I got a small lesson today about the use of pronouns. I have no issue with people using pronouns that may match their gender, regardless of their sex, but “they” and “their” are plural pronouns and without explanation it can make the writing difficult to understand. So when editing, and the pronoun being used is a plural one, someone like me finds myself asking “Who’s the other person they’re hanging around with?” Until I’m informed that that’s what their pronoun is.
Much of that confusion is cleared up if it’s pointed out ahead of time that this pronoun use is deliberate, but in my first edit, I noted that they prefer to use the pronouns “they”, “them,” and “their”. The problem, however, was the use of the word “prefer”. It was pointed out that this can suggest that the entire gender is a preference, and not simply part of who they are.
And as soon as it was pointed out to me, it was obvious. Of course it’s who they are. I would never suggest that a male who identifies as a woman or vice versa simply prefers to do so. It’s very rarely that simple. So why do I assume it’s a preference when it’s “they”? This showed me that there’s still those unconscious biases within me that I need to keep aware of and keep working on.
But the use still gives me pause. It’s because “they” isn’t actually gender-neutral, which is how it is sometimes used in this manner. It’s gender irrelevant. The primary point of “they”, unlike “he” or “she” isn’t to identify gender, but rather to identify quantity. And because of that, using it as a gender-neutral term runs into issues. Less so when it’s an article about one person, but what happens when you have an article talking about two or more people, such as a band. Then any use of the pronoun becomes unclear as to exactly which they you’re referring to. Is it a singular person who uses “they”, or is it more than one person?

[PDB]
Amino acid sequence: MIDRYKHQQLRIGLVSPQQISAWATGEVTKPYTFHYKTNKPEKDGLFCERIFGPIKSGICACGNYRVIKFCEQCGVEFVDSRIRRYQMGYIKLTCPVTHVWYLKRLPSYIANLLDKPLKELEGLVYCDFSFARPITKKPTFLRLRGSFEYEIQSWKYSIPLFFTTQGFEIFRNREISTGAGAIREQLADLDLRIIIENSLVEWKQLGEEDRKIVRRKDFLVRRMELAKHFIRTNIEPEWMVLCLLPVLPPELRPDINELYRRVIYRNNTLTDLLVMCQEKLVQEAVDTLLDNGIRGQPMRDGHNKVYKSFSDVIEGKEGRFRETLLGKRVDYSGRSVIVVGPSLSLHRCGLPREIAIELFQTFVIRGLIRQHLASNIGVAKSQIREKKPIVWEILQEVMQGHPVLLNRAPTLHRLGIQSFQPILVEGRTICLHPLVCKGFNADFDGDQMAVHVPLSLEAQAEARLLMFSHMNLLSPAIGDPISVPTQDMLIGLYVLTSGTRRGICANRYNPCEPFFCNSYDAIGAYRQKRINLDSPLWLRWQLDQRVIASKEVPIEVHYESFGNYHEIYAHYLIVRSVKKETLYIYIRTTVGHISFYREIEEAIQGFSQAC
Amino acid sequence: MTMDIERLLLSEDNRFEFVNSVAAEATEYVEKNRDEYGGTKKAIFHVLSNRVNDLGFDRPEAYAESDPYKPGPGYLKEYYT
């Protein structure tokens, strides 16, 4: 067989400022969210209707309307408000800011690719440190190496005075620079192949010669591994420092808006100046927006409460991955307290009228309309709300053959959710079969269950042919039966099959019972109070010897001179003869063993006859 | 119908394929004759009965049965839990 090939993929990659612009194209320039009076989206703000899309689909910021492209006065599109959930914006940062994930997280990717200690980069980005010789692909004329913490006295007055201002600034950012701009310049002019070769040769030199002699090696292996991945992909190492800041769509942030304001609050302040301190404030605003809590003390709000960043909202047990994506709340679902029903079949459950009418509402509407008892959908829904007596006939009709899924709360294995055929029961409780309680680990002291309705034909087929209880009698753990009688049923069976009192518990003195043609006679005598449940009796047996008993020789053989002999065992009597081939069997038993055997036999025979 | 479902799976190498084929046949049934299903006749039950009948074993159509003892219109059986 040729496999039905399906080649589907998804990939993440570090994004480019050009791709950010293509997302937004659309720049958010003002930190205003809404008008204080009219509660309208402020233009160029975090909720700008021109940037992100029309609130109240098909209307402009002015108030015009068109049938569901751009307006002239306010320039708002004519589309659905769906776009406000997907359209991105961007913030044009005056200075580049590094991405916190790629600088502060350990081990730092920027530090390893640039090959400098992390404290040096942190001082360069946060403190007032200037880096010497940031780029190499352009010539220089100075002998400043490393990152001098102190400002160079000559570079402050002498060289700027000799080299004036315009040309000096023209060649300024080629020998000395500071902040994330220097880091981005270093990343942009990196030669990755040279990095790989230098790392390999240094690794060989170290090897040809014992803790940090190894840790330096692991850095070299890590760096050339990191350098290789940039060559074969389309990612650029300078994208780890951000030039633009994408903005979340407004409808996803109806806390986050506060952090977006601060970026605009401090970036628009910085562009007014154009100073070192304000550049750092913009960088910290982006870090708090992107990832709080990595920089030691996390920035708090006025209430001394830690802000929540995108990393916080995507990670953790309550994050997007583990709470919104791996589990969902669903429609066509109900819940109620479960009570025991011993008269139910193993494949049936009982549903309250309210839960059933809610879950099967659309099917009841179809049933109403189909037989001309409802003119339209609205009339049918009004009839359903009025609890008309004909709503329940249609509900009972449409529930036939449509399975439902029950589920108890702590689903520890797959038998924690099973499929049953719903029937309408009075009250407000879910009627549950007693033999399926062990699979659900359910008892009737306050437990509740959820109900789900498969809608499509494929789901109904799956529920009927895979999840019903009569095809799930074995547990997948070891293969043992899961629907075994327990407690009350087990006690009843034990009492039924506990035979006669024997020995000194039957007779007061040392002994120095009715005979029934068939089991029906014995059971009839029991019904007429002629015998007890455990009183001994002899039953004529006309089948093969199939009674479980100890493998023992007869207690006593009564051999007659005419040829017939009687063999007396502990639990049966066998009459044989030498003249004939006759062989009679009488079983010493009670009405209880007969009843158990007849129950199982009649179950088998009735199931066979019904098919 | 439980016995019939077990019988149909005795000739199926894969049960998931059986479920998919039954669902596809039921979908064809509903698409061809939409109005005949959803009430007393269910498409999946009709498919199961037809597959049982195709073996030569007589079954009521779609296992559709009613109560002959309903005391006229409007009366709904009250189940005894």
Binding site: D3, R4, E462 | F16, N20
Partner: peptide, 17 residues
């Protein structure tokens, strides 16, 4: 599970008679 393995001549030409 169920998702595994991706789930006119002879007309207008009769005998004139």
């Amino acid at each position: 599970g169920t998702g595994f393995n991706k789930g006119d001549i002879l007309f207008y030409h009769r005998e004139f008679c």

This is one area where I believe we need to have actual gender-neutral pronouns in our language, such as the Spivak or Elverson pronouns: “ey”, “em”, “eir”. That way we can maintain proper gender referencing while also having the ability to refer to a singular person. Unfortunately, these pronouns are not in wide use, and so some take issue with the notion of being “singled out” with an unusual pronoun. But then that singling out happens regardless, as editors and writers struggle to make the meaning clear to the rest of the world where “they” most often has a plural definition.
Fortunately, while this is a nit that looms large in my brain as an editor, it really isn’t relevant in the larger scheme of things. The important bit is we have a great interview here in the Minds We Meet column, and this nit is really just interesting here because of how it pointed out that I still have more to work to do on seeing and dealing with my own biases.
Meanwhile, this week, we also have a look at how just because something is literature doesn’t mean that it’s good, and with the rapid changing of temperature as spring approaches, the Fly on the Wall considers how the perception of temperature relates to our own ability to be open to other interpretations of things, much as with the issue of pronouns. Plus, of course, a selection of recipes, advice, humour, events, scholarships, and more.